Topeka, Kan.--Out-of-state money and warring religious groups mark the path to a vote on Kansas� proposed anti-marriage constitutional amendment next Tuesday, April 5.
The measure, similar to those already passed in 17 states, would bar state recognition of same-sex marriages and civil unions.
Fifty clergy members from various religions and denominations released a joint statement vilifying the proposed amendment on March 25.
The statement was released shortly after three congregations in Lawrence, Kansas also rejected the amendment.
�It�s very important for those voting to know that there�s a really strong voice among people of faith for an affirmative view of same-sex marriage and against a restrictive constitutional amendment,� Harold Washington, clerk of one of the groups, told the Lawrence Journal World.
On the financial side of the equation, only six of the groups fighting on both sides of the issue had filed paperwork by the March 21 deadline.
�There�s no requirement to list the phone number in case someone wants to reach one of these entities,� Carol Williams of the Kansas Governmental Ethics Commission told WIBW-TV. �So we�re sitting here with these few reports. Maybe there should be three times as many, maybe this is all we�ll have. We just don�t know.�
�But my guess is there are people out there who have not complied by filing the necessary documents.�
The existing reports showed the money lopsided in favor of the amendment�s backers.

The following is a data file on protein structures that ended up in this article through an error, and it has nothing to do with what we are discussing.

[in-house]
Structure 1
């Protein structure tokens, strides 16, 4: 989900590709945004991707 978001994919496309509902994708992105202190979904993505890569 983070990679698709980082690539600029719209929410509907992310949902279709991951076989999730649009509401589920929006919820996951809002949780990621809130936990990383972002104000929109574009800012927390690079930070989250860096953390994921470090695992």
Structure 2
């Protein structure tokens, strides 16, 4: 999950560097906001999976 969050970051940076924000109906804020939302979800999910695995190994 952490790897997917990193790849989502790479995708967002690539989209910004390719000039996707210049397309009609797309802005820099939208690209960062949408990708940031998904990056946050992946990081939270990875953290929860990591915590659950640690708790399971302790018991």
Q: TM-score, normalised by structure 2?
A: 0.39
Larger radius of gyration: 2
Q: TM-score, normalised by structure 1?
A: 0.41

The Knights of Columbus, a Catholic men�s group, donated $100,000 to support the amendment, two-thirds of the amount raised by proponents. As of the filing date, Focus on the Family Action of Colorado Springs had spent over $20,000 promoting the measure, about half of it on radio ads.
Opponents of the amendment, Citizens for Fairness, the Flint Hills Human Rights Project and Kansans for Fairness have only raised around $37,000.
Besides Focus on the Family, backers filing reports include DOMA, Inc. and One Voice of Kansas.
However, as of March 21, amendment backers had only spent $40,000, and opponents only $5,800, indicating that the final stretch was going to be costly and, most likely, quite ugly.
�We certainly want to see if a message of fairness, equality and justice will resonate in a red state like Kansas,� said People for the American Way�s Rev. Steven Baines, noting that George W. Bush carried Kansas last November with 62 percent of the vote.
One tactic opponents of the amendment were using was tying it to Fred Phelps, the vitriolic, rabidly homophobic leader of Westboro Baptist Church who made his name picketing the funerals of gay men like Matthew Shepard and other targets like President Bill Clinton�s mother.
Phelps and other local church leaders tried to get Topeka voters to pass a city charter amendment last month barring the city from granting civil rights protections to gay men and lesbians.
The measure was defeated March 1 with 53 percent of voters rejecting the measure, which Phelps and other religious right leaders had strongly supported.
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